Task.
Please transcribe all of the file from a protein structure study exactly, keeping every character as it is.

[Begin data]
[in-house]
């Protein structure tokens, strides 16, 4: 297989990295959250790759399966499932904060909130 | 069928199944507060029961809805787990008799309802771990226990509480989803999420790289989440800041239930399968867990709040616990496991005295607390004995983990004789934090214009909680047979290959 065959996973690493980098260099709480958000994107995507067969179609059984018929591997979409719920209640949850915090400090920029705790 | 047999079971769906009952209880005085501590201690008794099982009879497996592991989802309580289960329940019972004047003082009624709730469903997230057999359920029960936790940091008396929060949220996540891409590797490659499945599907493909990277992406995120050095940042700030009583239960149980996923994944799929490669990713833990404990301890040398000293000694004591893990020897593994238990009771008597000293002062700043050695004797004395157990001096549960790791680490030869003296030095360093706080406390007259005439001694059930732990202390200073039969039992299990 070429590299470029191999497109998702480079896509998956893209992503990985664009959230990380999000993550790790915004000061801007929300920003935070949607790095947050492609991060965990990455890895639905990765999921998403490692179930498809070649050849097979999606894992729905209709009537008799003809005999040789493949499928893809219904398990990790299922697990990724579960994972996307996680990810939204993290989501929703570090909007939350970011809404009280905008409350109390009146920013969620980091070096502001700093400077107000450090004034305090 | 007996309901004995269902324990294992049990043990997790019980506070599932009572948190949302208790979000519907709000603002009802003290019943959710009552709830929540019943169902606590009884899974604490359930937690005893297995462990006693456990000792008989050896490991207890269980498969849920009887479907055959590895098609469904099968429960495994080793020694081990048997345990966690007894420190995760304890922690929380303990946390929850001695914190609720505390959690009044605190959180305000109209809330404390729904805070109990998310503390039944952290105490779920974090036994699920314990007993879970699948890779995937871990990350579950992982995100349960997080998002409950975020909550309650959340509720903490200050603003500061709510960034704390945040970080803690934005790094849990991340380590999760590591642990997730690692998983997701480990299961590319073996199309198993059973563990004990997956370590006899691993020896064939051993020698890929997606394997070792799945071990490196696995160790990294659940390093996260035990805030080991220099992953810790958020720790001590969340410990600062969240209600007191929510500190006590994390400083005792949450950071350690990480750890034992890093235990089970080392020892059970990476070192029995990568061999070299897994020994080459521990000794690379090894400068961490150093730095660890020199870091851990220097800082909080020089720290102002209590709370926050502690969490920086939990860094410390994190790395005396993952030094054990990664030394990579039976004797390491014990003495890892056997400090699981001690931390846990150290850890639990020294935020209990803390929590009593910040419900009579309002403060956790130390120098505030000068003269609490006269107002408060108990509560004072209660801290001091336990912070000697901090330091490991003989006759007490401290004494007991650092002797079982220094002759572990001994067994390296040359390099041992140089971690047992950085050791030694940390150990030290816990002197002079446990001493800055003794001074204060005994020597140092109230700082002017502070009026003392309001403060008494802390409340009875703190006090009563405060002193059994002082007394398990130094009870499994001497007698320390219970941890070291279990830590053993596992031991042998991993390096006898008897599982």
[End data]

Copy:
[in-house]
């Protein structure tokens, strides 16, 4: 297989990295959250790759399966499932904060909130 | 069928199944507060029961809805787990008799309802771990226990509480989803999420790289989440800041239930399968867990709040616990496991005295607390004995983990004789934090214009909680047979290959 065959996973690493980098260099709480958000994107995507067969179609059984018929591997979409719920209640949850915090400090920029705790 | 047999079971769906009952209880005085501590201690008794099982009879497996592991989802309580289960329940019972004047003082009624709730469903997230057999359920029960936790940091008396929060949220996540891409590797490659499945599907493909990277992406995120050095940042700030009583239960149980996923994944799929490669990713833990404990301890040398000293000694004591893990020897593994238990009771008597000293002062700043050695004797004395157990001096549960790791680490030869003296030095360093706080406390007259005439001694059930732990202390200073039969039992299990 070429590299470029191999497109998702480079896509998956893209992503990985664009959230990380999000993550790790915004000061801007929300920003935070949607790095947050492609991060965990990455890895639905990765999921998403490692179930498809070649050849097979999606894992729905209709009537008799003809005999040789493949499928893809219904398990990790299922697990990724579960994972996307996680990810939204993290989501929703570090909007939350970011809404009280905008409350109390009146920013969620980091070096502001700093400077107000450090004034305090 | 007996309901004995269902324990294992049990043990997790019980506070599932009572948190949302208790979000519907709000603002009802003290019943959710009552709830929540019943169902606590009884899974604490359930937690005893297995462990006693456990000792008989050896490991207890269980498969849920009887479907055959590895098609469904099968429960495994080793020694081990048997345990966690007894420190995760304890922690929380303990946390929850001695914190609720505390959690009044605190959180305000109209809330404390729904805070109990998310503390039944952290105490779920974090036994699920314990007993879970699948890779995937871990990350579950992982995100349960997080998002409950975020909550309650959340509720903490200050603003500061709510960034704390945040970080803690934005790094849990991340380590999760590591642990997730690692998983997701480990299961590319073996199309198993059973563990004990997956370590006899691993020896064939051993020698890929997606394997070792799945071990490196696995160790990294659940390093996260035990805030080991220099992953810790958020720790001590969340410990600062969240209600007191929510500190006590994390400083005792949450950071350690990480750890034992890093235990089970080392020892059970990476070192029995990568061999070299897994020994080459521990000794690379090894400068961490150093730095660890020199870091851990220097800082909080020089720290102002209590709370926050502690969490920086939990860094410390994190790395005396993952030094054990990664030394990579039976004797390491014990003495890892056997400090699981001690931390846990150290850890639990020294935020209990803390929590009593910040419900009579309002403060956790130390120098505030000068003269609490006269107002408060108990509560004072209660801290001091336990912070000697901090330091490991003989006759007490401290004494007991650092002797079982220094002759572990001994067994390296040359390099041992140089971690047992950085050791030694940390150990030290816990002197002079446990001493800055003794001074204060005994020597140092109230700082002017502070009026003392309001403060008494802390409340009875703190006090009563405060002193059994002082007394398990130094009870499994001497007698320390219970941890070291279990830590053993596992031991042998991993390096006898008897599982």